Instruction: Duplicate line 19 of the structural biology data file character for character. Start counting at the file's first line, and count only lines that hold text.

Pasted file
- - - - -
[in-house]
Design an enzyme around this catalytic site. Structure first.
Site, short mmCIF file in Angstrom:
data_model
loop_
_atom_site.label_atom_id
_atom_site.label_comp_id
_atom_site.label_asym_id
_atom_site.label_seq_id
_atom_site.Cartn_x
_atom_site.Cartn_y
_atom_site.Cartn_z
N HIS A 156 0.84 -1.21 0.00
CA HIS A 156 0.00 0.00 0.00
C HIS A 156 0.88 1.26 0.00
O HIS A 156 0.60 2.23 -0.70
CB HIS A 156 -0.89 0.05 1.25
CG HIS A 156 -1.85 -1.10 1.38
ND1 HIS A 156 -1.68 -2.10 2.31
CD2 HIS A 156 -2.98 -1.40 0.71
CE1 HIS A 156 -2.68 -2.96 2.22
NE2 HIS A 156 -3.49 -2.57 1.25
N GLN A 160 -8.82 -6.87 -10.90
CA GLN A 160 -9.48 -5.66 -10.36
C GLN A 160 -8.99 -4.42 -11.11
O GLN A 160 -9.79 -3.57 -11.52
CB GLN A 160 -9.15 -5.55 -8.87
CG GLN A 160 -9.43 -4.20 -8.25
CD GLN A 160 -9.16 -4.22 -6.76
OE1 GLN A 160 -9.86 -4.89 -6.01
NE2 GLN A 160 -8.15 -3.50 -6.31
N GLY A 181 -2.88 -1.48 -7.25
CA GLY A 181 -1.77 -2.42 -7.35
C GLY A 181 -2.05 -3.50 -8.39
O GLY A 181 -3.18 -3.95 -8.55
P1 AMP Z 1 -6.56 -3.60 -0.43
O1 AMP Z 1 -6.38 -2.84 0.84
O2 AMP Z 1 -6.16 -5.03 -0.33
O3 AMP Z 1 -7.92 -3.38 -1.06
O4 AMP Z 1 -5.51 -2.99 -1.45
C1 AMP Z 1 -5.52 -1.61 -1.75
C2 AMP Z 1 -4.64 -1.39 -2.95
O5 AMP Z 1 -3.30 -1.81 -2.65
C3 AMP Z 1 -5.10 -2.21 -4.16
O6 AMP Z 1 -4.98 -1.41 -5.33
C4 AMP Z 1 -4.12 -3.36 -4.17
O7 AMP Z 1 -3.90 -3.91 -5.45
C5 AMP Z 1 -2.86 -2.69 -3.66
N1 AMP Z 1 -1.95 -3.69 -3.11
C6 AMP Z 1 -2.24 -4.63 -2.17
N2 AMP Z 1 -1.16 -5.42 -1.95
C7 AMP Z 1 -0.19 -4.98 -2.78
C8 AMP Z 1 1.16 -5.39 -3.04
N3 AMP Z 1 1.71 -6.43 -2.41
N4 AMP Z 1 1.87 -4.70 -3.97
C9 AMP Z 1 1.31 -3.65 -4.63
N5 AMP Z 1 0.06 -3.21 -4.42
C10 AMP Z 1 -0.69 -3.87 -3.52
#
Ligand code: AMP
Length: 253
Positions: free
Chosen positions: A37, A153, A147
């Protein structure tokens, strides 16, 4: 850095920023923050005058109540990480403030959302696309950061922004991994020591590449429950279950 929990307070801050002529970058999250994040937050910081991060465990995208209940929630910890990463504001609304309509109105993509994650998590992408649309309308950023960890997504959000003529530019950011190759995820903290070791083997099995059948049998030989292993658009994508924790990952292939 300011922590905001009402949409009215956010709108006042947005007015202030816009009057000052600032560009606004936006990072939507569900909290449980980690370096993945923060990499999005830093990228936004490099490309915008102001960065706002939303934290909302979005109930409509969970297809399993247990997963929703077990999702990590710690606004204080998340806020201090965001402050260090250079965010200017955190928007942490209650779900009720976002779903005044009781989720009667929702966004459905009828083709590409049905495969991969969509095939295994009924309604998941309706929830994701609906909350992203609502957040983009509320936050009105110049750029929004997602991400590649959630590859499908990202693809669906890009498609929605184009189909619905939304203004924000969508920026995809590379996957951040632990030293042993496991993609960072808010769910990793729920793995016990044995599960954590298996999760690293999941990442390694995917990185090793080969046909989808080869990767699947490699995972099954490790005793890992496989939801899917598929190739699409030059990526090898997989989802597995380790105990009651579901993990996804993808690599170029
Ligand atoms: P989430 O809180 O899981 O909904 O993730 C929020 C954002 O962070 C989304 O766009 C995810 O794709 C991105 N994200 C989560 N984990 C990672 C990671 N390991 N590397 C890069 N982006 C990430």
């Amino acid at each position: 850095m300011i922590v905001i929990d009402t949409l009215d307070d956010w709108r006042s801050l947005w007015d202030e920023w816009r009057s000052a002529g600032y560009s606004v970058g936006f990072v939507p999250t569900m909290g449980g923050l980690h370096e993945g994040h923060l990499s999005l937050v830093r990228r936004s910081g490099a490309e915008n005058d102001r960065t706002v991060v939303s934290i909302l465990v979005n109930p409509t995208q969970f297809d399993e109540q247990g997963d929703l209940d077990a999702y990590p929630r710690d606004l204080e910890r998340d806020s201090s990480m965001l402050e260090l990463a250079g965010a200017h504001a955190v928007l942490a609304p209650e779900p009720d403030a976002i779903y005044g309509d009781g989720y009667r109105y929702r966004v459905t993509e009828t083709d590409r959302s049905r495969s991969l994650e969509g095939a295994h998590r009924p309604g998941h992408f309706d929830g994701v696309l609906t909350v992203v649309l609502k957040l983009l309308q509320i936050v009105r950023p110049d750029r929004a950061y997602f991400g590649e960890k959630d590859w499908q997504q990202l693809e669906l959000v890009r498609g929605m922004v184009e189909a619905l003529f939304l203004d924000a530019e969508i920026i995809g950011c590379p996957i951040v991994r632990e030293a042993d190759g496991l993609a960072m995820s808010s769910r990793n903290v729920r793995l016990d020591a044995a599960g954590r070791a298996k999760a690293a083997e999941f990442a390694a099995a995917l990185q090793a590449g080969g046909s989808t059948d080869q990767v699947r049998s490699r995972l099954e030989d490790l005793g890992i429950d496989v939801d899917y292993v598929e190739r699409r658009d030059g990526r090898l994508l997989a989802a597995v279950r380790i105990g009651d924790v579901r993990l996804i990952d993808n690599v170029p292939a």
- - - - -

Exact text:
ND1 HIS A 156 -1.68 -2.10 2.31